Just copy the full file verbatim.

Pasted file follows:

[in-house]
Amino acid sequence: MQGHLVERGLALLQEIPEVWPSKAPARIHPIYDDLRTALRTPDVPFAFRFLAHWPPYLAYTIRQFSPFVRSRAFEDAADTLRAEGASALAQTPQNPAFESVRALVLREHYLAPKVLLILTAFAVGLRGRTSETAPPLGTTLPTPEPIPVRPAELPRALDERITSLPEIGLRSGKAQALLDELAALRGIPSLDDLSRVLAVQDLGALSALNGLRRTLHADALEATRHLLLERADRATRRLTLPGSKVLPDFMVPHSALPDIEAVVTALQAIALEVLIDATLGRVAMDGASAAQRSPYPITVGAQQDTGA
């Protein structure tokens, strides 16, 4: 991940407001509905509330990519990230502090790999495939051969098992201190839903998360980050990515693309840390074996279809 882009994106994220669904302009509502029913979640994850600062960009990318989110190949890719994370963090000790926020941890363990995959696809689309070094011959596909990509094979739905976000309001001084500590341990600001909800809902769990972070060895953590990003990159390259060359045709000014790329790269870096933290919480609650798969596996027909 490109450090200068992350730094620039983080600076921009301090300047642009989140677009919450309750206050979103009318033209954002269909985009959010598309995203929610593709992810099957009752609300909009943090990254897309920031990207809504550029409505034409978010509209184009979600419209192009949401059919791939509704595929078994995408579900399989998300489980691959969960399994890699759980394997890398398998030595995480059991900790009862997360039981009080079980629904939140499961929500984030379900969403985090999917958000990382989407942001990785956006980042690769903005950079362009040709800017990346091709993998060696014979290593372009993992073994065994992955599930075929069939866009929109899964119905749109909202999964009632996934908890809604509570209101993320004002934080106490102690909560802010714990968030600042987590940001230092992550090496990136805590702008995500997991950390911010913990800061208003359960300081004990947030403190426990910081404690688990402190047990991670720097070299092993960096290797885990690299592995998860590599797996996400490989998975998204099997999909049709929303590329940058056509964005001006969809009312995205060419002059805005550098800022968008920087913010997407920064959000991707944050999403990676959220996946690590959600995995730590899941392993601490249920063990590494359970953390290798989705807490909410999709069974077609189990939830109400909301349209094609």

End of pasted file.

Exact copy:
[in-house]
Amino acid sequence: MQGHLVERGLALLQEIPEVWPSKAPARIHPIYDDLRTALRTPDVPFAFRFLAHWPPYLAYTIRQFSPFVRSRAFEDAADTLRAEGASALAQTPQNPAFESVRALVLREHYLAPKVLLILTAFAVGLRGRTSETAPPLGTTLPTPEPIPVRPAELPRALDERITSLPEIGLRSGKAQALLDELAALRGIPSLDDLSRVLAVQDLGALSALNGLRRTLHADALEATRHLLLERADRATRRLTLPGSKVLPDFMVPHSALPDIEAVVTALQAIALEVLIDATLGRVAMDGASAAQRSPYPITVGAQQDTGA
């Protein structure tokens, strides 16, 4: 991940407001509905509330990519990230502090790999495939051969098992201190839903998360980050990515693309840390074996279809 882009994106994220669904302009509502029913979640994850600062960009990318989110190949890719994370963090000790926020941890363990995959696809689309070094011959596909990509094979739905976000309001001084500590341990600001909800809902769990972070060895953590990003990159390259060359045709000014790329790269870096933290919480609650798969596996027909 490109450090200068992350730094620039983080600076921009301090300047642009989140677009919450309750206050979103009318033209954002269909985009959010598309995203929610593709992810099957009752609300909009943090990254897309920031990207809504550029409505034409978010509209184009979600419209192009949401059919791939509704595929078994995408579900399989998300489980691959969960399994890699759980394997890398398998030595995480059991900790009862997360039981009080079980629904939140499961929500984030379900969403985090999917958000990382989407942001990785956006980042690769903005950079362009040709800017990346091709993998060696014979290593372009993992073994065994992955599930075929069939866009929109899964119905749109909202999964009632996934908890809604509570209101993320004002934080106490102690909560802010714990968030600042987590940001230092992550090496990136805590702008995500997991950390911010913990800061208003359960300081004990947030403190426990910081404690688990402190047990991670720097070299092993960096290797885990690299592995998860590599797996996400490989998975998204099997999909049709929303590329940058056509964005001006969809009312995205060419002059805005550098800022968008920087913010997407920064959000991707944050999403990676959220996946690590959600995995730590899941392993601490249920063990590494359970953390290798989705807490909410999709069974077609189990939830109400909301349209094609």